In late 2016, they won their first national title. Continuing in their debut season, they competed at the 2017 Four Continents Championships. It was their first time competing as seniors, and the event was even more significant because it was held in PyeongChang, South Korea, in the same venue that hosts 2018 Olympic figure skating. They finished 11th.
A month later, they competed at the world junior championships in Taipei City, Taipei. They became the world junior champions, which was the first time ever that an Australian team won an International Skating Union title. To close the season, they competed at the 2017 World Championships, this time at the senior level. They placed 16th.
Despite their success, there was still a lingering question about their Olympic eligibility. Alexandrovskaya still had not received Australian citizenship; without it, she could not go to the Olympics, and Windsor would also be excluded.
For the Olympic season, the pair chose a cover of “Paint it Black” for their short program and the soundtrack from “The Mask” for their free skate. Alexandrovskaya was officially granted Australian citizenship in the fall, and they kicked off their season with two assignments on the Challenger Series, where they placed third and first. Then, the team went on to compete on the Junior Grand Prix circuit once again. The pair finished fourth and first at their two assignments. They won the Junior Grand Prix Final in December.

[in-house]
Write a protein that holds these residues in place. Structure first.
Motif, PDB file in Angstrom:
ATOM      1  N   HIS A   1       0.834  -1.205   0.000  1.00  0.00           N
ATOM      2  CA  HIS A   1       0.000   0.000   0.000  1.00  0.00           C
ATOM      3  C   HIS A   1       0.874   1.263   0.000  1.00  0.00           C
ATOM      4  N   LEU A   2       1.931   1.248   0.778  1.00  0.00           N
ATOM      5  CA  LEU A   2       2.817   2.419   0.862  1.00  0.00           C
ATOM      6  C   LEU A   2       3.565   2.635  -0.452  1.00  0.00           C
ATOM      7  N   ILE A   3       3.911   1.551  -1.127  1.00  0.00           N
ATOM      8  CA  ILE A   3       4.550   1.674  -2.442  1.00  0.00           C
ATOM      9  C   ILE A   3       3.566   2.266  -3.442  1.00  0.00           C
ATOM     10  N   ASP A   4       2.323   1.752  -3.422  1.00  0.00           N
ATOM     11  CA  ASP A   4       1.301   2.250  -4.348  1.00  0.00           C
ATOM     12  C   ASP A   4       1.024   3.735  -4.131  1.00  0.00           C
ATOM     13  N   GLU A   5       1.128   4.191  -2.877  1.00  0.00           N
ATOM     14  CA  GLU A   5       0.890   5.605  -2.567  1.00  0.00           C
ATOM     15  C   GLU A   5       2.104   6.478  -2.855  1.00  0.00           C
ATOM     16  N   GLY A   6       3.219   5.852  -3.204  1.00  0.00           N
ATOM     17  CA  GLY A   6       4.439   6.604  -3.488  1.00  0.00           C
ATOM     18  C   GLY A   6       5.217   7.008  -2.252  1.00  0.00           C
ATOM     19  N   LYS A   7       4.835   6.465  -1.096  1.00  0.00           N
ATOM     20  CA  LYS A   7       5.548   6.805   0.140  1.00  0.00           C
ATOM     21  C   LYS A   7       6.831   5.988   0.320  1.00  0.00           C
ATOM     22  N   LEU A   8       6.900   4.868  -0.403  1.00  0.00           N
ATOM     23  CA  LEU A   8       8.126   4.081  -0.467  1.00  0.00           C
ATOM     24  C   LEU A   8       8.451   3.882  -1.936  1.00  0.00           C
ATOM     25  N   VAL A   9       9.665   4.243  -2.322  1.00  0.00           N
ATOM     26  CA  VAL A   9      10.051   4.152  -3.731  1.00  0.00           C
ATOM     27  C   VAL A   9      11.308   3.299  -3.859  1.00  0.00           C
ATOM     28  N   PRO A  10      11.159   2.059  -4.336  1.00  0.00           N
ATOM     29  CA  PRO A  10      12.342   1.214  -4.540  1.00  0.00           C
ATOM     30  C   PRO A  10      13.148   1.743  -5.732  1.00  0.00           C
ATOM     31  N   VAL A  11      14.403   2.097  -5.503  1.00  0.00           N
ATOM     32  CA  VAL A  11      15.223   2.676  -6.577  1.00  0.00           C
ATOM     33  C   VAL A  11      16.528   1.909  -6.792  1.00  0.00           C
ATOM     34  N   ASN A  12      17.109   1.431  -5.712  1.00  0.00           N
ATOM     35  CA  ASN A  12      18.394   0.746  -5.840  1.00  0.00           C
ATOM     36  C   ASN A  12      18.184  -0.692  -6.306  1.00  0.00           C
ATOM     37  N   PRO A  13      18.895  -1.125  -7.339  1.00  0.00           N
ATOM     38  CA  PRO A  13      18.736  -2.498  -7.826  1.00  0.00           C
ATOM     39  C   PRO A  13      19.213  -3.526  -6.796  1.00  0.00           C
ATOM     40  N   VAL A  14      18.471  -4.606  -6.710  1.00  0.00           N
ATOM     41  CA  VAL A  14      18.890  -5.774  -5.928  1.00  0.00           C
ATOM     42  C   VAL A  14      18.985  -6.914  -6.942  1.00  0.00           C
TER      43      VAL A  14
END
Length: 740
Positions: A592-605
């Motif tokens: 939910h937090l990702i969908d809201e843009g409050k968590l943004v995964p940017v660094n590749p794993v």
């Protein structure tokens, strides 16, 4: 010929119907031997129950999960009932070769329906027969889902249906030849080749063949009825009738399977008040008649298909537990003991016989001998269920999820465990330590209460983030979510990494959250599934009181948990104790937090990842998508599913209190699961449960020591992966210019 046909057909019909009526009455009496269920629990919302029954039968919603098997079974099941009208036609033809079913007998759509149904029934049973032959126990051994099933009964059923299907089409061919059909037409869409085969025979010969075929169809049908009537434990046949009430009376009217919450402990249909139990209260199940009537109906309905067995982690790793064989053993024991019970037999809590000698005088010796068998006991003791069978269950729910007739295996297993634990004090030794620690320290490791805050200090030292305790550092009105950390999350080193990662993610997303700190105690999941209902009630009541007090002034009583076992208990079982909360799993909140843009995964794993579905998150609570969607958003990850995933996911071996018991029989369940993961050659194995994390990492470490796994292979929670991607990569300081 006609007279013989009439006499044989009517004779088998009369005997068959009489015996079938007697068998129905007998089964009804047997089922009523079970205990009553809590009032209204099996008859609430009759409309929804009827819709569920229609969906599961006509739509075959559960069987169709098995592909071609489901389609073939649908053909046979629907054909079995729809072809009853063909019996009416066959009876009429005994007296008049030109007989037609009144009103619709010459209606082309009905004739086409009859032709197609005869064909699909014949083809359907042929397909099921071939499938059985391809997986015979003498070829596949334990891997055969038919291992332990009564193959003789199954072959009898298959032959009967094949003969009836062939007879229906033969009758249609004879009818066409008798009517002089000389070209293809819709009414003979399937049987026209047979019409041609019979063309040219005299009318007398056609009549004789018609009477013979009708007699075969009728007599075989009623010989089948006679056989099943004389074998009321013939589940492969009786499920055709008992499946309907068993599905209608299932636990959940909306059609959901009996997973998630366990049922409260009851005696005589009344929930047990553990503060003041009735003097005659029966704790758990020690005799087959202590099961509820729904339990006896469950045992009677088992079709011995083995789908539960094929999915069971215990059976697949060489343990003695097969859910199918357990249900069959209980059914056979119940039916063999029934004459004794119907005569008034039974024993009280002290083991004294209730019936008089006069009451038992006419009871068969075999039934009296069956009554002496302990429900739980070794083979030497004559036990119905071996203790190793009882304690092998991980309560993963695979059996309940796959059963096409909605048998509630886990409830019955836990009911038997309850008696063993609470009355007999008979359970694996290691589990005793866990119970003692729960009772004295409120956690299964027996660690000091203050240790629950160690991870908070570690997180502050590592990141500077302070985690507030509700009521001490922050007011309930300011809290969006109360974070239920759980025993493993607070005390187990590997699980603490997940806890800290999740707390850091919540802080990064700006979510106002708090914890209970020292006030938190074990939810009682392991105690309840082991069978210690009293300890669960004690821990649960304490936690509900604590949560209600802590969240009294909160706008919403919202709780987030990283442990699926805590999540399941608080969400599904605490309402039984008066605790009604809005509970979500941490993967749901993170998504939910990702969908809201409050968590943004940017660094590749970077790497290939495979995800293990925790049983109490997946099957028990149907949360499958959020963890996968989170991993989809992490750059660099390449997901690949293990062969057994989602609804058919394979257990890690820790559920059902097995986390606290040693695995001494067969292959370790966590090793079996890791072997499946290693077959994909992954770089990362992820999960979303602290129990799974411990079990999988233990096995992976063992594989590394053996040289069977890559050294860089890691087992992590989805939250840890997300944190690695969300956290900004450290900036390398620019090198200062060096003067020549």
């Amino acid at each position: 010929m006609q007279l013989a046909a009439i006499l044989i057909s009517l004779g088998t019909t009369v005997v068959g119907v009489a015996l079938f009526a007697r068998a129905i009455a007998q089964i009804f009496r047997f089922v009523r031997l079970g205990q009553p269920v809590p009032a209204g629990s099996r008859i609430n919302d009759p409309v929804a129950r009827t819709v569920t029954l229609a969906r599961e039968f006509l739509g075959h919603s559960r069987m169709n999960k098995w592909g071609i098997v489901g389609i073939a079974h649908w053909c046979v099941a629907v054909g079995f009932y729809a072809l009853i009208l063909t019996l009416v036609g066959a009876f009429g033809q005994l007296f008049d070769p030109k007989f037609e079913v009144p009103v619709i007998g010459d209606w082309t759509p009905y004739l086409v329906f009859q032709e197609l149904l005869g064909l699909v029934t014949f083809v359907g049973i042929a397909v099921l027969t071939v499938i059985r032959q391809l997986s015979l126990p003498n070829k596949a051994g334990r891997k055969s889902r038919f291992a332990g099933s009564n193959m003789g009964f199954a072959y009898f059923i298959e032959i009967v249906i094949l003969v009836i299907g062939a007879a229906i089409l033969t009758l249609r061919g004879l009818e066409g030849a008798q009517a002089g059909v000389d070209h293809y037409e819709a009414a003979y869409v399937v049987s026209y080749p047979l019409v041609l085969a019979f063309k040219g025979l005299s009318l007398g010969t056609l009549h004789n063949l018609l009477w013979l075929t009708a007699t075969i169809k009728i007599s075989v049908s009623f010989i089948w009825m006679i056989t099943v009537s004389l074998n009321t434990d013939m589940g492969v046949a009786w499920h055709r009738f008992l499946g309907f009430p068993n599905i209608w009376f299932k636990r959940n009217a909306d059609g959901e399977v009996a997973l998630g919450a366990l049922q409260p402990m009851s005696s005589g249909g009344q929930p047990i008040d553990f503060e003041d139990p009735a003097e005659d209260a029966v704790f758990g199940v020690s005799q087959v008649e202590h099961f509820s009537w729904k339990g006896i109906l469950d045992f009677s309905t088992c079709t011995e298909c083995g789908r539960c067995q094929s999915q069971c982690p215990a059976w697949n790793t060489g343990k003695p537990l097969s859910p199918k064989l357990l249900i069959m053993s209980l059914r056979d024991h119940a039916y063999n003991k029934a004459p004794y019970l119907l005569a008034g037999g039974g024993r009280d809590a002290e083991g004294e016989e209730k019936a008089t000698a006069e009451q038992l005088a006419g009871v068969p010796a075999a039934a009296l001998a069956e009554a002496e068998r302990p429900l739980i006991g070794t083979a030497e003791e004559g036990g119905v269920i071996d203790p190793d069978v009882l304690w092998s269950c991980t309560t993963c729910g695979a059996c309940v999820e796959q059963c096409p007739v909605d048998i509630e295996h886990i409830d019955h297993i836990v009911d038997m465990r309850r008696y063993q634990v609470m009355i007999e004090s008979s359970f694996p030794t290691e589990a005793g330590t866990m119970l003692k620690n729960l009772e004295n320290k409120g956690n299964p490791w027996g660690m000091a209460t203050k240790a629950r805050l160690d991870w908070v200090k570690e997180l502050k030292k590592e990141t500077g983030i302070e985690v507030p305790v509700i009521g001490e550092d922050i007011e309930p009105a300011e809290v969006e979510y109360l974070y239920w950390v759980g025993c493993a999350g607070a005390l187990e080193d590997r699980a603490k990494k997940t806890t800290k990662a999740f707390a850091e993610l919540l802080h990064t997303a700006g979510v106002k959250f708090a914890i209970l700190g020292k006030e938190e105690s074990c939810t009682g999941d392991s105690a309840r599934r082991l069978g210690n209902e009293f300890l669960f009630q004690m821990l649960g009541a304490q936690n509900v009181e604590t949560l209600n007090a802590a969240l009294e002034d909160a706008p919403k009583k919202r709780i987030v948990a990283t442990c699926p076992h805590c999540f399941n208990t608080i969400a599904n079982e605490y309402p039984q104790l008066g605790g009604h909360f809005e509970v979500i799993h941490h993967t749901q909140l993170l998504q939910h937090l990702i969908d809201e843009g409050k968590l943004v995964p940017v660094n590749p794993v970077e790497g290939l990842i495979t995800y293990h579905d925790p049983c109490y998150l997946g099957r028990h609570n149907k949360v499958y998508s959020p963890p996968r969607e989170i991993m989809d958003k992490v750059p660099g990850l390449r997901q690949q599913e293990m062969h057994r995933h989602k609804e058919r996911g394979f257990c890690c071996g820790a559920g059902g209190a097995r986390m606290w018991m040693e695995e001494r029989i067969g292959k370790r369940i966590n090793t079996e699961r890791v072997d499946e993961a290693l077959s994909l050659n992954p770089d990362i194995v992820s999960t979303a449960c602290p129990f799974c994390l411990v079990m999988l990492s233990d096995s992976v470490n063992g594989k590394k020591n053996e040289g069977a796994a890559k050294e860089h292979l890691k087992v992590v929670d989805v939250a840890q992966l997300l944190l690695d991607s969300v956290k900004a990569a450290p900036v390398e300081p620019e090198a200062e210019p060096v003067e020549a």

As they already had been named to Australia’s Olympic team in November, so they skipped the 2017 nationals.
The last great Australian pairs team, siblings Danielle and Stephen Carr, spent 19 years as reigning national champions. The Carrs competed at the 1992, 1994, and 1998 Olympics. Alexandrovskaya and Windsor will be the first Australian pairs team at the Olympics since 1998.
Australia doesn’t own any Olympic figure skating medals, nor did they earn a single gold at the Sochi Olympics. But that’s not discouraging to Alexandrovskaya or Windsor, who are making history all their own in PyeongChang.
- Australian figure skating pair makes history in PyeongChang
- Italian figure skating pair parties with Barbie in gala program
- All of the figure skating firsts from PyeongChang 2018
- 18 things to remember from figure skating in PyeongChang
- Marit Bjorgen makes Olympic history in PyeongChang
- Olympic pairs’ figure skating preview: China, Germany teams set for podium duel
- Gracie Gold becomes a figure skating coach
- Olympic figure skating unveils new, modern soundtrack
- Nathan Chen: Figure skating superstar, NBA superfan
- Evolution of figure skating's quad jump